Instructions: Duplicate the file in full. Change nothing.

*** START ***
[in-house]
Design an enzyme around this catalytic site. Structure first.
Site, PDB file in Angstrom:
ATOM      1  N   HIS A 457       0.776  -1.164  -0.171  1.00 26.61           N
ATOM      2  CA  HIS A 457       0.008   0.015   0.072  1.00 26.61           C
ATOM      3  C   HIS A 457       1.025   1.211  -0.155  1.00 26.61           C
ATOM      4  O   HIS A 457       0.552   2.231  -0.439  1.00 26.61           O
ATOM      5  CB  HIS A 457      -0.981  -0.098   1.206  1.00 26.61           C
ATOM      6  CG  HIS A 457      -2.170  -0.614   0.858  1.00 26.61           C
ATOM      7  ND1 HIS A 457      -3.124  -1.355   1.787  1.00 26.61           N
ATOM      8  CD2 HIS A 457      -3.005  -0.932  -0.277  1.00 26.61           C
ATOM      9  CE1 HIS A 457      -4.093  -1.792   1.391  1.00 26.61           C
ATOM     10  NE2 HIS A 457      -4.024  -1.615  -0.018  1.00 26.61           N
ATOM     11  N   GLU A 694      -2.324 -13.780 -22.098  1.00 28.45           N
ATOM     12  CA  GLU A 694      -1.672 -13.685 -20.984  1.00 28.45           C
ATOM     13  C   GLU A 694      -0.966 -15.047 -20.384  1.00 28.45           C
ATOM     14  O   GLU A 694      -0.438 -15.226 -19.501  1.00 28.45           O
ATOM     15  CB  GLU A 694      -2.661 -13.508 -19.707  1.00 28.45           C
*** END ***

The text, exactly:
[in-house]
Design an enzyme around this catalytic site. Structure first.
Site, PDB file in Angstrom:
ATOM      1  N   HIS A 457       0.776  -1.164  -0.171  1.00 26.61           N
ATOM      2  CA  HIS A 457       0.008   0.015   0.072  1.00 26.61           C
ATOM      3  C   HIS A 457       1.025   1.211  -0.155  1.00 26.61           C
ATOM      4  O   HIS A 457       0.552   2.231  -0.439  1.00 26.61           O
ATOM      5  CB  HIS A 457      -0.981  -0.098   1.206  1.00 26.61           C
ATOM      6  CG  HIS A 457      -2.170  -0.614   0.858  1.00 26.61           C
ATOM      7  ND1 HIS A 457      -3.124  -1.355   1.787  1.00 26.61           N
ATOM      8  CD2 HIS A 457      -3.005  -0.932  -0.277  1.00 26.61           C
ATOM      9  CE1 HIS A 457      -4.093  -1.792   1.391  1.00 26.61           C
ATOM     10  NE2 HIS A 457      -4.024  -1.615  -0.018  1.00 26.61           N
ATOM     11  N   GLU A 694      -2.324 -13.780 -22.098  1.00 28.45           N
ATOM     12  CA  GLU A 694      -1.672 -13.685 -20.984  1.00 28.45           C
ATOM     13  C   GLU A 694      -0.966 -15.047 -20.384  1.00 28.45           C
ATOM     14  O   GLU A 694      -0.438 -15.226 -19.501  1.00 28.45           O
ATOM     15  CB  GLU A 694      -2.661 -13.508 -19.707  1.00 28.45           C